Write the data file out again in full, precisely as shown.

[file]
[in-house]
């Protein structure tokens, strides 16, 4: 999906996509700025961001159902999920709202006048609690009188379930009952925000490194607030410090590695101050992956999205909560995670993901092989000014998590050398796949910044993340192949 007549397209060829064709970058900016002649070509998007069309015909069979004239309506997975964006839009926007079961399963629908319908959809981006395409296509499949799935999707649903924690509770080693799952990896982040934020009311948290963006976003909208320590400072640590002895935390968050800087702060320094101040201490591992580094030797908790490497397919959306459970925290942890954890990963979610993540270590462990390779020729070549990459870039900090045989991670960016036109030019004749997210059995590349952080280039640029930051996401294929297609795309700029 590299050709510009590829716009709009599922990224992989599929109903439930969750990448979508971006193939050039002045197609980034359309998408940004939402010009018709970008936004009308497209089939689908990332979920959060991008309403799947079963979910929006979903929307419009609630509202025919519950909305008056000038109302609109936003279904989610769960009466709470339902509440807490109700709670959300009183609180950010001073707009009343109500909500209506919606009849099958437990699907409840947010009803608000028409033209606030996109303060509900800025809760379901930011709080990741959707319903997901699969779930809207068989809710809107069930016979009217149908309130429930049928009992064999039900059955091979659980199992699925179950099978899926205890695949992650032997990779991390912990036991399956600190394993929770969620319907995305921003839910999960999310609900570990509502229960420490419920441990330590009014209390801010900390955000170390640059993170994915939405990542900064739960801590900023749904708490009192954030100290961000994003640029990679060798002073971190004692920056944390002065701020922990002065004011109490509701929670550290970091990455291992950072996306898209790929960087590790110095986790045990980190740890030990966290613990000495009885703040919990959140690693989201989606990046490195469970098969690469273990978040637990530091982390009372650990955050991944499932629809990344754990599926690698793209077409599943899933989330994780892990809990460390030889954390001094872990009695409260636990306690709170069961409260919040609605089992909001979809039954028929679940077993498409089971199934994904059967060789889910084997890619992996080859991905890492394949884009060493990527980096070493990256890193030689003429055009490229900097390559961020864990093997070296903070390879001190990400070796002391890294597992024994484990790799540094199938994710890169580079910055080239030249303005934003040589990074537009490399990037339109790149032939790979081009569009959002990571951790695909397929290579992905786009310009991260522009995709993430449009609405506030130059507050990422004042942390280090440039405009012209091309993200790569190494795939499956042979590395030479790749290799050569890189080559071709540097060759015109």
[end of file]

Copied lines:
[in-house]
């Protein structure tokens, strides 16, 4: 999906996509700025961001159902999920709202006048609690009188379930009952925000490194607030410090590695101050992956999205909560995670993901092989000014998590050398796949910044993340192949 007549397209060829064709970058900016002649070509998007069309015909069979004239309506997975964006839009926007079961399963629908319908959809981006395409296509499949799935999707649903924690509770080693799952990896982040934020009311948290963006976003909208320590400072640590002895935390968050800087702060320094101040201490591992580094030797908790490497397919959306459970925290942890954890990963979610993540270590462990390779020729070549990459870039900090045989991670960016036109030019004749997210059995590349952080280039640029930051996401294929297609795309700029 590299050709510009590829716009709009599922990224992989599929109903439930969750990448979508971006193939050039002045197609980034359309998408940004939402010009018709970008936004009308497209089939689908990332979920959060991008309403799947079963979910929006979903929307419009609630509202025919519950909305008056000038109302609109936003279904989610769960009466709470339902509440807490109700709670959300009183609180950010001073707009009343109500909500209506919606009849099958437990699907409840947010009803608000028409033209606030996109303060509900800025809760379901930011709080990741959707319903997901699969779930809207068989809710809107069930016979009217149908309130429930049928009992064999039900059955091979659980199992699925179950099978899926205890695949992650032997990779991390912990036991399956600190394993929770969620319907995305921003839910999960999310609900570990509502229960420490419920441990330590009014209390801010900390955000170390640059993170994915939405990542900064739960801590900023749904708490009192954030100290961000994003640029990679060798002073971190004692920056944390002065701020922990002065004011109490509701929670550290970091990455291992950072996306898209790929960087590790110095986790045990980190740890030990966290613990000495009885703040919990959140690693989201989606990046490195469970098969690469273990978040637990530091982390009372650990955050991944499932629809990344754990599926690698793209077409599943899933989330994780892990809990460390030889954390001094872990009695409260636990306690709170069961409260919040609605089992909001979809039954028929679940077993498409089971199934994904059967060789889910084997890619992996080859991905890492394949884009060493990527980096070493990256890193030689003429055009490229900097390559961020864990093997070296903070390879001190990400070796002391890294597992024994484990790799540094199938994710890169580079910055080239030249303005934003040589990074537009490399990037339109790149032939790979081009569009959002990571951790695909397929290579992905786009310009991260522009995709993430449009609405506030130059507050990422004042942390280090440039405009012209091309993200790569190494795939499956042979590395030479790749290799050569890189080559071709540097060759015109």